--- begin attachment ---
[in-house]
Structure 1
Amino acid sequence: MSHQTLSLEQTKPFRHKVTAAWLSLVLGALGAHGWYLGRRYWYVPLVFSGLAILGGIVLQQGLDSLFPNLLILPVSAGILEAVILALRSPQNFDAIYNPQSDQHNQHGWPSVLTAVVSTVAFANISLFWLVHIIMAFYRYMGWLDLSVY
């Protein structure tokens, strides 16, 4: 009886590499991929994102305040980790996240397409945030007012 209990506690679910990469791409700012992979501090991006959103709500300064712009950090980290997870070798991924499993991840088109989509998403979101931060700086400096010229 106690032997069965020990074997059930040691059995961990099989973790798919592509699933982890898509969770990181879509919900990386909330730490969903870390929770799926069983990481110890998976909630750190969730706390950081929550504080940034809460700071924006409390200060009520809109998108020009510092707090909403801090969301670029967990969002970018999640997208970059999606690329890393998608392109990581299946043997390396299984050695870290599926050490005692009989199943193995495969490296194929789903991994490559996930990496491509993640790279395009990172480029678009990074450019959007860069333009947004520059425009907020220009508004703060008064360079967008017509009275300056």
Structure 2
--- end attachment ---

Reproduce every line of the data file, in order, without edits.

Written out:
[in-house]
Structure 1
Amino acid sequence: MSHQTLSLEQTKPFRHKVTAAWLSLVLGALGAHGWYLGRRYWYVPLVFSGLAILGGIVLQQGLDSLFPNLLILPVSAGILEAVILALRSPQNFDAIYNPQSDQHNQHGWPSVLTAVVSTVAFANISLFWLVHIIMAFYRYMGWLDLSVY
């Protein structure tokens, strides 16, 4: 009886590499991929994102305040980790996240397409945030007012 209990506690679910990469791409700012992979501090991006959103709500300064712009950090980290997870070798991924499993991840088109989509998403979101931060700086400096010229 106690032997069965020990074997059930040691059995961990099989973790798919592509699933982890898509969770990181879509919900990386909330730490969903870390929770799926069983990481110890998976909630750190969730706390950081929550504080940034809460700071924006409390200060009520809109998108020009510092707090909403801090969301670029967990969002970018999640997208970059999606690329890393998608392109990581299946043997390396299984050695870290599926050490005692009989199943193995495969490296194929789903991994490559996930990496491509993640790279395009990172480029678009990074450019959007860069333009947004520059425009907020220009508004703060008064360079967008017509009275300056």
Structure 2